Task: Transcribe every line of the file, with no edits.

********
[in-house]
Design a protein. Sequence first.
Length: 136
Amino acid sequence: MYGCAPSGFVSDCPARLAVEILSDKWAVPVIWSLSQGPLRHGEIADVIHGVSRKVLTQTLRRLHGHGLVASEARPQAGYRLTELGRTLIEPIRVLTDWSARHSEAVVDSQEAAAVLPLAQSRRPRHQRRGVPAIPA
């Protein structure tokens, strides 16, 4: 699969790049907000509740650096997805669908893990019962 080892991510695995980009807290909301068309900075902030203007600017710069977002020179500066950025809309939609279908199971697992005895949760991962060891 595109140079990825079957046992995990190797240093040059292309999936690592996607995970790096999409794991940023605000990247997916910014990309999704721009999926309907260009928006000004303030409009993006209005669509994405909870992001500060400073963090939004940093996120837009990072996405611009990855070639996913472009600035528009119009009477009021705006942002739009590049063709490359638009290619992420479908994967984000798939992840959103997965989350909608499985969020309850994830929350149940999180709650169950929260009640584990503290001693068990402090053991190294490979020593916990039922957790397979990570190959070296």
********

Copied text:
[in-house]
Design a protein. Sequence first.
Length: 136
Amino acid sequence: MYGCAPSGFVSDCPARLAVEILSDKWAVPVIWSLSQGPLRHGEIADVIHGVSRKVLTQTLRRLHGHGLVASEARPQAGYRLTELGRTLIEPIRVLTDWSARHSEAVVDSQEAAAVLPLAQSRRPRHQRRGVPAIPA
């Protein structure tokens, strides 16, 4: 699969790049907000509740650096997805669908893990019962 080892991510695995980009807290909301068309900075902030203007600017710069977002020179500066950025809309939609279908199971697992005895949760991962060891 595109140079990825079957046992995990190797240093040059292309999936690592996607995970790096999409794991940023605000990247997916910014990309999704721009999926309907260009928006000004303030409009993006209005669509994405909870992001500060400073963090939004940093996120837009990072996405611009990855070639996913472009600035528009119009009477009021705006942002739009590049063709490359638009290619992420479908994967984000798939992840959103997965989350909608499985969020309850994830929350149940999180709650169950929260009640584990503290001693068990402090053991190294490979020593916990039922957790397979990570190959070296």